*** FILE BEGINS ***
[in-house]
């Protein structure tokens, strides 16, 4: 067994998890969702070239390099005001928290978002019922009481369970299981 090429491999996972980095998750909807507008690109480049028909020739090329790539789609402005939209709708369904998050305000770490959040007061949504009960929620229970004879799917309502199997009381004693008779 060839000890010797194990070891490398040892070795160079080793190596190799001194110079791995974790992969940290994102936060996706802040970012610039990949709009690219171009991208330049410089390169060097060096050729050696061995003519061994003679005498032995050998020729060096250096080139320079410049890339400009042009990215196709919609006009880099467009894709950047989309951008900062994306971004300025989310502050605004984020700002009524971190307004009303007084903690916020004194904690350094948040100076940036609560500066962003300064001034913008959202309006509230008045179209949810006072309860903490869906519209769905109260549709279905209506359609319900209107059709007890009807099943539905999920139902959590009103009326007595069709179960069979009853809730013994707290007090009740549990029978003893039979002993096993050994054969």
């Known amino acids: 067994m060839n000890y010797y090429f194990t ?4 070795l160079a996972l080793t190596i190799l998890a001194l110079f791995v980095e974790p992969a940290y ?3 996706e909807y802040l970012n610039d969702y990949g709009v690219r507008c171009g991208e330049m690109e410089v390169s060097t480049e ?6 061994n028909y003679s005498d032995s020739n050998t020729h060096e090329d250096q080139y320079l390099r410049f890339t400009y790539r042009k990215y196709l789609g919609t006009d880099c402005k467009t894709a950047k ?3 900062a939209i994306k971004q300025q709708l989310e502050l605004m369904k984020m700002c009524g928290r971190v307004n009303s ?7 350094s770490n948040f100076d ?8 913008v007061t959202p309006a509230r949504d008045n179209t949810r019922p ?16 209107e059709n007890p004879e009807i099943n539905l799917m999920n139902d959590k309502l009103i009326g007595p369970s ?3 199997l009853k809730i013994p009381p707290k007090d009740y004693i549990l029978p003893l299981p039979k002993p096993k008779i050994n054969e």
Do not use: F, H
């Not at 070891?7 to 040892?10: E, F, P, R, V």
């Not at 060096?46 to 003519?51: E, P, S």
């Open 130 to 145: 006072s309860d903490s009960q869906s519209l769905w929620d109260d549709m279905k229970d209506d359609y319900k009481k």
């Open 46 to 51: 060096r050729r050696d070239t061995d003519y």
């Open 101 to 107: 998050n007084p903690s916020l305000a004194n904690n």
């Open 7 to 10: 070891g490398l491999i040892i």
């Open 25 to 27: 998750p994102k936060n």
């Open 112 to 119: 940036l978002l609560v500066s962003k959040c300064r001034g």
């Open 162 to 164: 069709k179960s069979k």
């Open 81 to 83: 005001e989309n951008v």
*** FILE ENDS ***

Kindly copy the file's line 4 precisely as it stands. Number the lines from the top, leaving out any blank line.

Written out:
Do not use: F, H